About Transport's Iontophoresis Delivery Platform
Transport's drug/delivery platform is based on the combination of iontophoresis, a technology employing a low-voltage electrical charge to locally deliver larger amounts of medications through the skin, and proprietary drug formulations optimized for electrokinetic delivery. The Company has developed a small, wireless microprocessor-controlled drug delivery device and pre-filled drug reservoir cartridges that will allow patients to self-administer topical drugs for a variety of indications. The system consists of a reusable control unit and disposable, single-use medicated cartridges. The pre-filled cartridges contain a single unit dose of drug optimized for electrokinetic delivery.
To date, Transport has clinically validated its technology in several US clinical trials in more than 750 patients using the company's first-generation iontophoretic device and an approved topical acyclovir formulation.
About Herpes Labialis
Approximately 20-40 percent of the adult population experience recurrent outbreaks of herpes labialis, or cold sores. Currently approved treatments for herpes labialis are acyclovir cream, penciclovir cream, n-docosonal 10 percent cream, and the oral prodrug of acyclovir, valacyclovir. Multiple studies of acyclovir have suggested that the nominal efficacy of the topical formulation as it is currently marketed is the result of inadequate penetration of the drug into the target site of infection, the basal epidermis layer of the skin.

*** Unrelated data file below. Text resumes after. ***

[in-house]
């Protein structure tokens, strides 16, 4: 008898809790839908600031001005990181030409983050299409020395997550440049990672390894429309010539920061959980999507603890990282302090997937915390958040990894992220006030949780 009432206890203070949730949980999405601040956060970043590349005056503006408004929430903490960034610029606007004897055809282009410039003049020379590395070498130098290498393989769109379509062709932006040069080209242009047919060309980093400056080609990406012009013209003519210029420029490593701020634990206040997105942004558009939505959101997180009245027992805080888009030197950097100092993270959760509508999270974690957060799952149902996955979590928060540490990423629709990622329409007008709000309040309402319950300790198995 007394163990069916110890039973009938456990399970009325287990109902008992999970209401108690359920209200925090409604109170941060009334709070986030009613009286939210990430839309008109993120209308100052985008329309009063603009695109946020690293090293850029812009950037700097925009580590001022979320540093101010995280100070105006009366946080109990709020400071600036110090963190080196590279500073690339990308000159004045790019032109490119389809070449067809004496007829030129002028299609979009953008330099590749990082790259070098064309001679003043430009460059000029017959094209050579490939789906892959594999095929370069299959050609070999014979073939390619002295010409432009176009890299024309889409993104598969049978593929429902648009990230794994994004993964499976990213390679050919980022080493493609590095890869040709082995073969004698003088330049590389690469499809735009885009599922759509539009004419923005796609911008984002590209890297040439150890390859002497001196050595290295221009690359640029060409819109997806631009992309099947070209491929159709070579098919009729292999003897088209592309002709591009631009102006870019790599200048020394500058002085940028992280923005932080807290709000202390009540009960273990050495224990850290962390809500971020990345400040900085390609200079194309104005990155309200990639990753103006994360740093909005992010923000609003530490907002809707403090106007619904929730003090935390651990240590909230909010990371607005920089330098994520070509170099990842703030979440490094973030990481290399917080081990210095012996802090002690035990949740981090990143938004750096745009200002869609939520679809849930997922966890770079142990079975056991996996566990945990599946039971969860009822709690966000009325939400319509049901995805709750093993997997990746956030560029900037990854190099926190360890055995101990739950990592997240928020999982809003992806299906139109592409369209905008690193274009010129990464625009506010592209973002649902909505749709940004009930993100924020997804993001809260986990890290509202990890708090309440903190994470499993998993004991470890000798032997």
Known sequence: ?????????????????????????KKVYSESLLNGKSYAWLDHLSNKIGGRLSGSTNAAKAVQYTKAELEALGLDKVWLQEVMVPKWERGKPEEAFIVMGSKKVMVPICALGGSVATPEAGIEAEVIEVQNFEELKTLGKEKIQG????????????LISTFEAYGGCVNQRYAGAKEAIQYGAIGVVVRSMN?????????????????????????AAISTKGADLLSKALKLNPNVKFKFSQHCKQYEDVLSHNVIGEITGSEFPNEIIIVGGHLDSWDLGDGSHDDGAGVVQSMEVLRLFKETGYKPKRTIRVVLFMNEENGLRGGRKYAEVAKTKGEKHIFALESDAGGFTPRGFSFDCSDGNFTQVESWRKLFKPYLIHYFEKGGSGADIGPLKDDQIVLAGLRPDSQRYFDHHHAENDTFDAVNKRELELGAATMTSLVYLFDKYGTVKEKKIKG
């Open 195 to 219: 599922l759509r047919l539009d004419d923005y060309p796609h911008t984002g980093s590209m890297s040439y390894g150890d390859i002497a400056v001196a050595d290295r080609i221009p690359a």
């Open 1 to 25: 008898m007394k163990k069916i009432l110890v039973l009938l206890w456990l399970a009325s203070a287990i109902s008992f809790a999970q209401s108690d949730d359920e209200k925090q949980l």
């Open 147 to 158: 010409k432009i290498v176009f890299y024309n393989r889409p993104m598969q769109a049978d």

About Transport Pharmaceuticals, Inc.
Massachusetts-based Transport Pharmaceuticals, Inc. is a privately-held venture back company. To date, the Company has raised US $35.6 million in venture financing. Current venture investors include Quaker BioVentures, The Carlyle Group, The Hillman Company, The Halleran Company and EGS Healthcare. For more information, please visit www.transportpharma.com.
Transport Pharmaceuticals, Inc.